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CSX Transportation V. McBride Ruling

On June 23, 2011, the Supreme Court of the United States upheld the FELA and the rights of railroad workers nationwide, in affirming Bob Marcus’s $275,000.00 verdict in CSX Transportation v. McBride. Marking a major victory for the railroad workers, a historically pro-business Supreme Court ruled that railroads are liable for injuries to its employees caused “in whole or in part” from the railroad’s negligence.

Bob Marcus represented Bob McBride, a locomotive engineer for CSX, who was awarded $275,000.00 for injuring his hand due to CSX’s negligence. McBride alleged that CSX negligently (1) required him to use unsafe switching equipment and (2) failed to train him to operate that equipment. CSX first appealed the verdict to the 7th U.S. Circuit Court of Appeals. The Seventh Circuit upheld the verdict and issued a great opinion in support of the FELA.

The Supreme Court granted review of the case to determine the proper standard of causation in a FELA case. Knowing that this case represented a national attack on FELA, he retained David Frederick, one of the country’s top legal specialists in Supreme Court arguments, to argue on behalf of McBride. We effectively and persuasively rebuffed CSX’s attack on the FELA and argued that an “in whole or in part” causation standard applies.

Writing for the majority, Justice Ruth Bader Ginsburg rejected CSX’s argument, noting “we see no good reason to tamper with an instruction tied to FELA’s text, long employed by lower courts and hardly shown to be unfair or unworkable … Juries in such cases are properly instructed that a defendant railroad caused or contributed to a railroad worker’s injury if [the railroad’s] negligence played a part — no matter how small — in bringing about the injury … That indeed is the test Congress prescribed for proximate cause in FELA cases.”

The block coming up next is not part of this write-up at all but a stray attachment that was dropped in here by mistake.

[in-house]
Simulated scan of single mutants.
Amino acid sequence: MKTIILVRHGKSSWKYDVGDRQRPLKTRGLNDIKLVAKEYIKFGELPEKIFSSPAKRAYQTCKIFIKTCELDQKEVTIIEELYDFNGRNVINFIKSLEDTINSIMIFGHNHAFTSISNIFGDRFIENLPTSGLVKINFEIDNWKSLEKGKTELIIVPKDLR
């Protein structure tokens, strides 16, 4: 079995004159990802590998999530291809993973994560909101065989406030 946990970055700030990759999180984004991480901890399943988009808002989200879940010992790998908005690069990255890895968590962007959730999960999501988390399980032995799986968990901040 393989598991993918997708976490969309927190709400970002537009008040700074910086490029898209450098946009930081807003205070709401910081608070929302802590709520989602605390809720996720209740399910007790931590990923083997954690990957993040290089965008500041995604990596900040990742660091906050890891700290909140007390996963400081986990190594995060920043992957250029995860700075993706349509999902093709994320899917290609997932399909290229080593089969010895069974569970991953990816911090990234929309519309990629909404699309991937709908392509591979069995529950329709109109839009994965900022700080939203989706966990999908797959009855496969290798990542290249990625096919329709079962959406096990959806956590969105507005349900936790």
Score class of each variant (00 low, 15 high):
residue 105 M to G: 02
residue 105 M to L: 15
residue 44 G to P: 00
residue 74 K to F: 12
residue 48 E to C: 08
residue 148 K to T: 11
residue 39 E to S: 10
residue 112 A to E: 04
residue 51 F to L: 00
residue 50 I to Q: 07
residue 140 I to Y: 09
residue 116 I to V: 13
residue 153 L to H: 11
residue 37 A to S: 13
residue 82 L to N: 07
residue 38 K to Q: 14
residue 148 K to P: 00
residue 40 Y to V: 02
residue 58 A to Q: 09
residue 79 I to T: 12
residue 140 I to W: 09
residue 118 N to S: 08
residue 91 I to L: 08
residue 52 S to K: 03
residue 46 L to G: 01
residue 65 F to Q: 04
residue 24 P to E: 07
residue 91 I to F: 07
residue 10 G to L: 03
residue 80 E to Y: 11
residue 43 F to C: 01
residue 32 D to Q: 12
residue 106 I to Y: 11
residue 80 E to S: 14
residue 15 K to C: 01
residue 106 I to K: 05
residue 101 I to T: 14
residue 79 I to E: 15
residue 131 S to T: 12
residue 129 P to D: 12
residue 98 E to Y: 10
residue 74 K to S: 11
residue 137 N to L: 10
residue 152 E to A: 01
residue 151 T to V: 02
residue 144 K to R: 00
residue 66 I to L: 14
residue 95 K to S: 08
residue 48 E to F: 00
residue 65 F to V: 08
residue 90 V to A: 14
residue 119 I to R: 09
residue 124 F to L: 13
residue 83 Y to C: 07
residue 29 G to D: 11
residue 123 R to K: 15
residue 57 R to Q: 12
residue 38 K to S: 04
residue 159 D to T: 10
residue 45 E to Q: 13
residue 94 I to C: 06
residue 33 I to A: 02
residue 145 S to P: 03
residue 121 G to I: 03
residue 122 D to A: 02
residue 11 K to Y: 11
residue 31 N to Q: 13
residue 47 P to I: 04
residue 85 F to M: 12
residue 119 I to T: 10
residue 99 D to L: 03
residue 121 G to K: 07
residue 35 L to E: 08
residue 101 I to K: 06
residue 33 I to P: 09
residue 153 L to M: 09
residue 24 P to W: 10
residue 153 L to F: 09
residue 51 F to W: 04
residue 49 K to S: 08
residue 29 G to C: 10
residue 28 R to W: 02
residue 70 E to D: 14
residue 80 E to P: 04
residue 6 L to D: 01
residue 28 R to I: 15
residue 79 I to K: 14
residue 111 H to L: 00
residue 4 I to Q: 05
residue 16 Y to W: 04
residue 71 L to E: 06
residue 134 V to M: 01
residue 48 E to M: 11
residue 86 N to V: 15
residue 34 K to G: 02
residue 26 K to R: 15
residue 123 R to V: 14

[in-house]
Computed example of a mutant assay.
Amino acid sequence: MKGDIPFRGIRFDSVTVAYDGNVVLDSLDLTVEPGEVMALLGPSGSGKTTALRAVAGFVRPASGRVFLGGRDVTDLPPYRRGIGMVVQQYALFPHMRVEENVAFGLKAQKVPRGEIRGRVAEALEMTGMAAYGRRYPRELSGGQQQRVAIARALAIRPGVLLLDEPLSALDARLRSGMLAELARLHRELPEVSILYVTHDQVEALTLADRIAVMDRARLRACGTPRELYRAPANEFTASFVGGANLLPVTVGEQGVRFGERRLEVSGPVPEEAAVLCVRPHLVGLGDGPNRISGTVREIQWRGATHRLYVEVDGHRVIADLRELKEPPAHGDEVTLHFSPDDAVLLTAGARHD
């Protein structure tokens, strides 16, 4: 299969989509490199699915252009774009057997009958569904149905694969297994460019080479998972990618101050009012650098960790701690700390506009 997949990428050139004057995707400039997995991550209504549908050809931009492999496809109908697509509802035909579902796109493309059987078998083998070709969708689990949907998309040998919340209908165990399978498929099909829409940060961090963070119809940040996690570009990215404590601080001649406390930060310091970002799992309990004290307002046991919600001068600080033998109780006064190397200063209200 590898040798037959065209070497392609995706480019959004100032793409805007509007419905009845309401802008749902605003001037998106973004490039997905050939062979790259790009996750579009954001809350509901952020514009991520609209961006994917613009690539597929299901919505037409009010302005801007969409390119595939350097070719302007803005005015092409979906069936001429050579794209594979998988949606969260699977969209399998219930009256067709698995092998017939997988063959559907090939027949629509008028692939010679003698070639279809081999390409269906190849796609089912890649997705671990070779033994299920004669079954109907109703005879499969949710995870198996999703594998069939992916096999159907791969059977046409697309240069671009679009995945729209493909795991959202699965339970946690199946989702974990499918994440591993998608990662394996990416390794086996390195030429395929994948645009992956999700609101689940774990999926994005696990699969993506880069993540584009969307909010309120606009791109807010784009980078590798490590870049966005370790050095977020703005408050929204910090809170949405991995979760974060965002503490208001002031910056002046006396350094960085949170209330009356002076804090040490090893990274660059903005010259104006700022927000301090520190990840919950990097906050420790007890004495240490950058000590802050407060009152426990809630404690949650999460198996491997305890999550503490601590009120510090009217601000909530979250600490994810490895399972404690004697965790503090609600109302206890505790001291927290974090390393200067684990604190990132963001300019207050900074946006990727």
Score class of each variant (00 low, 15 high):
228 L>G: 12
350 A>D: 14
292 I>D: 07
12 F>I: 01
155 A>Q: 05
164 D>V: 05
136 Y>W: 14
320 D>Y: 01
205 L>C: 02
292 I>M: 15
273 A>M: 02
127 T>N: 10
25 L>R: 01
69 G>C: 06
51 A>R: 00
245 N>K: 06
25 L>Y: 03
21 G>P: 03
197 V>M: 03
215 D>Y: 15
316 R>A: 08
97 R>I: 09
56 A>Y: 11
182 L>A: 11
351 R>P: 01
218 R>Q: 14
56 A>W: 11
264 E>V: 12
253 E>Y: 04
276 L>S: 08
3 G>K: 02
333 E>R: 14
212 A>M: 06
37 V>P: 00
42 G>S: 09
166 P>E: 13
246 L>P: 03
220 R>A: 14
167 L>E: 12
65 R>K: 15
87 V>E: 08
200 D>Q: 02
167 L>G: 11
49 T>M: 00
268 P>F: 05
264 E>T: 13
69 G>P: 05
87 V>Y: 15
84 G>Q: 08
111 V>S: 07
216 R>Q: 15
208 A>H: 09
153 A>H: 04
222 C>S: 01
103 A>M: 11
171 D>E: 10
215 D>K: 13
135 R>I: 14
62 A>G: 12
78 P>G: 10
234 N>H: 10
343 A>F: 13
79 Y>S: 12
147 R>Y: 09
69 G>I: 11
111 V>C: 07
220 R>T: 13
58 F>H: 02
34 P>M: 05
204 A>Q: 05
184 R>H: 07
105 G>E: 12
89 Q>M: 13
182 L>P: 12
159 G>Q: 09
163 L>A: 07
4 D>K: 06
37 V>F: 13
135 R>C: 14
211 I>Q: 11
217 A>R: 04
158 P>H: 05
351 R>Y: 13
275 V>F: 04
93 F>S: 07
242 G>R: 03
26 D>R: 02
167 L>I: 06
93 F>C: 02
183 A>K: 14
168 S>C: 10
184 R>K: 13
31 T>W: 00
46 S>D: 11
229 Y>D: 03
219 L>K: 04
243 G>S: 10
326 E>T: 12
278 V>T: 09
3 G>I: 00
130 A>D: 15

McBride is a landmark decision and will have a great impact on FELA litigation. Not only did McBride explicitly approve the longstanding FELA “in whole or in part” causation instruction, but it also affirmed two jury instruction phrases: that the railroad is liable when its negligence played “a part — no matter how small” and “any part, even the slightest in producing the injury.” This is a major victory for railroad workers — this language has never been explicitly approved by the Supreme Court, until McBride. States are now compelled to follow the mandate of the McBride decision in amending their respective pattern FELA instructions.

The Supreme Court’s historic ruling in CSX Transportation v. McBride reinforces this landmark worker protection statute for future generations. For more information about how FELA can protect injured railroad workers, contact The Gori Law Firm by calling toll-free 888-362-6890 or by sending us an email.

From our offices in Edwardsville, Illinois, our attorneys represent injured workers nationwide.